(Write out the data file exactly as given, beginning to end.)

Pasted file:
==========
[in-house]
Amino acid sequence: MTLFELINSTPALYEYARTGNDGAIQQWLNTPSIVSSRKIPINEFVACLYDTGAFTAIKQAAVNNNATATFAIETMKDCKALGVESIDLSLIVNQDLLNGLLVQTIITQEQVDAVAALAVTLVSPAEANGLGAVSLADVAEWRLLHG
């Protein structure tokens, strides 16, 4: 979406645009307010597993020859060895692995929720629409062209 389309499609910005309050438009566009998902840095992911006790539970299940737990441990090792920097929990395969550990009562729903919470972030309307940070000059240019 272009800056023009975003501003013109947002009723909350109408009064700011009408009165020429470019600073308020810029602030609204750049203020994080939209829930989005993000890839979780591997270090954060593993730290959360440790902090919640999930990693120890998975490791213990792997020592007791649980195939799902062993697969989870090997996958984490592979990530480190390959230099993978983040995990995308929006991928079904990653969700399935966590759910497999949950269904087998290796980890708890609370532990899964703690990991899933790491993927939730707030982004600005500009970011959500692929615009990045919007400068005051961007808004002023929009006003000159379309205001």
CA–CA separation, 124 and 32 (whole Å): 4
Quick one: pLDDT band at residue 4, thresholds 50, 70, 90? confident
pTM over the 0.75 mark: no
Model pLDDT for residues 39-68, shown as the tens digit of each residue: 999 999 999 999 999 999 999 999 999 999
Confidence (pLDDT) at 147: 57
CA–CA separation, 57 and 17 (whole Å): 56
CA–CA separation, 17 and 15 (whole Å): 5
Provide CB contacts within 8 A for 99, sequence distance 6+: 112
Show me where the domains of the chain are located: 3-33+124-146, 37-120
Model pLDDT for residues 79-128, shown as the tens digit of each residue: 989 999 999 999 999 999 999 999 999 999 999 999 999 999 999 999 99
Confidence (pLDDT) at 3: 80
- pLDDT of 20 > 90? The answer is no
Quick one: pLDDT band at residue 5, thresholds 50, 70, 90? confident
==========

[in-house]
Amino acid sequence: MTLFELINSTPALYEYARTGNDGAIQQWLNTPSIVSSRKIPINEFVACLYDTGAFTAIKQAAVNNNATATFAIETMKDCKALGVESIDLSLIVNQDLLNGLLVQTIITQEQVDAVAALAVTLVSPAEANGLGAVSLADVAEWRLLHG
């Protein structure tokens, strides 16, 4: 979406645009307010597993020859060895692995929720629409062209 389309499609910005309050438009566009998902840095992911006790539970299940737990441990090792920097929990395969550990009562729903919470972030309307940070000059240019 272009800056023009975003501003013109947002009723909350109408009064700011009408009165020429470019600073308020810029602030609204750049203020994080939209829930989005993000890839979780591997270090954060593993730290959360440790902090919640999930990693120890998975490791213990792997020592007791649980195939799902062993697969989870090997996958984490592979990530480190390959230099993978983040995990995308929006991928079904990653969700399935966590759910497999949950269904087998290796980890708890609370532990899964703690990991899933790491993927939730707030982004600005500009970011959500692929615009990045919007400068005051961007808004002023929009006003000159379309205001």
CA–CA separation, 124 and 32 (whole Å): 4
Quick one: pLDDT band at residue 4, thresholds 50, 70, 90? confident
pTM over the 0.75 mark: no
Model pLDDT for residues 39-68, shown as the tens digit of each residue: 999 999 999 999 999 999 999 999 999 999
Confidence (pLDDT) at 147: 57
CA–CA separation, 57 and 17 (whole Å): 56
CA–CA separation, 17 and 15 (whole Å): 5
Provide CB contacts within 8 A for 99, sequence distance 6+: 112
Show me where the domains of the chain are located: 3-33+124-146, 37-120
Model pLDDT for residues 79-128, shown as the tens digit of each residue: 989 999 999 999 999 999 999 999 999 999 999 999 999 999 999 999 99
Confidence (pLDDT) at 3: 80
- pLDDT of 20 > 90? The answer is no
Quick one: pLDDT band at residue 5, thresholds 50, 70, 90? confident